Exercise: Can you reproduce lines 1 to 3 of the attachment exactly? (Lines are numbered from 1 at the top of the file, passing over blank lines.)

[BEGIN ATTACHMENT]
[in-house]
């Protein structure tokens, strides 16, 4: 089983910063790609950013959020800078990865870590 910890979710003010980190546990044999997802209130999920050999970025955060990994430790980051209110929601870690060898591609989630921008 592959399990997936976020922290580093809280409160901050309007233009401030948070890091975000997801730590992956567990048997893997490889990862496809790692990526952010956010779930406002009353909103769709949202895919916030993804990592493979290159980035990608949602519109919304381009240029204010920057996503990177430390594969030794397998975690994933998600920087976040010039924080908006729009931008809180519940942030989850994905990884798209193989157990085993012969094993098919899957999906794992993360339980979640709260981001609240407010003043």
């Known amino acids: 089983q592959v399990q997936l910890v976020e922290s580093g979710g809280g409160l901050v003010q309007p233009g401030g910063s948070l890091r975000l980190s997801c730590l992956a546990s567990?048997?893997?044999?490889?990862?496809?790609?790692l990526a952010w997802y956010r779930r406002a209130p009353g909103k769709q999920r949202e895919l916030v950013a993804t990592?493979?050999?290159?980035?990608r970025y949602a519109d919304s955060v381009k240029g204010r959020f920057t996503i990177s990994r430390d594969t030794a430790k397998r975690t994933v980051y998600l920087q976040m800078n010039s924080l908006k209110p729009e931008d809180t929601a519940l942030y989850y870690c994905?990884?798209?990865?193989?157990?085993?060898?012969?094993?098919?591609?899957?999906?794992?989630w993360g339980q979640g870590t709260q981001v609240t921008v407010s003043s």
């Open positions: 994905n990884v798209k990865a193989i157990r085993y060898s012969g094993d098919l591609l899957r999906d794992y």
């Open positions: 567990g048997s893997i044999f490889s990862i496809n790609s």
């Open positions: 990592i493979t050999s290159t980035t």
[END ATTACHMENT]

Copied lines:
[in-house]
């Protein structure tokens, strides 16, 4: 089983910063790609950013959020800078990865870590 910890979710003010980190546990044999997802209130999920050999970025955060990994430790980051209110929601870690060898591609989630921008 592959399990997936976020922290580093809280409160901050309007233009401030948070890091975000997801730590992956567990048997893997490889990862496809790692990526952010956010779930406002009353909103769709949202895919916030993804990592493979290159980035990608949602519109919304381009240029204010920057996503990177430390594969030794397998975690994933998600920087976040010039924080908006729009931008809180519940942030989850994905990884798209193989157990085993012969094993098919899957999906794992993360339980979640709260981001609240407010003043």
């Known amino acids: 089983q592959v399990q997936l910890v976020e922290s580093g979710g809280g409160l901050v003010q309007p233009g401030g910063s948070l890091r975000l980190s997801c730590l992956a546990s567990?048997?893997?044999?490889?990862?496809?790609?790692l990526a952010w997802y956010r779930r406002a209130p009353g909103k769709q999920r949202e895919l916030v950013a993804t990592?493979?050999?290159?980035?990608r970025y949602a519109d919304s955060v381009k240029g204010r959020f920057t996503i990177s990994r430390d594969t030794a430790k397998r975690t994933v980051y998600l920087q976040m800078n010039s924080l908006k209110p729009e931008d809180t929601a519940l942030y989850y870690c994905?990884?798209?990865?193989?157990?085993?060898?012969?094993?098919?591609?899957?999906?794992?989630w993360g339980q979640g870590t709260q981001v609240t921008v407010s003043s």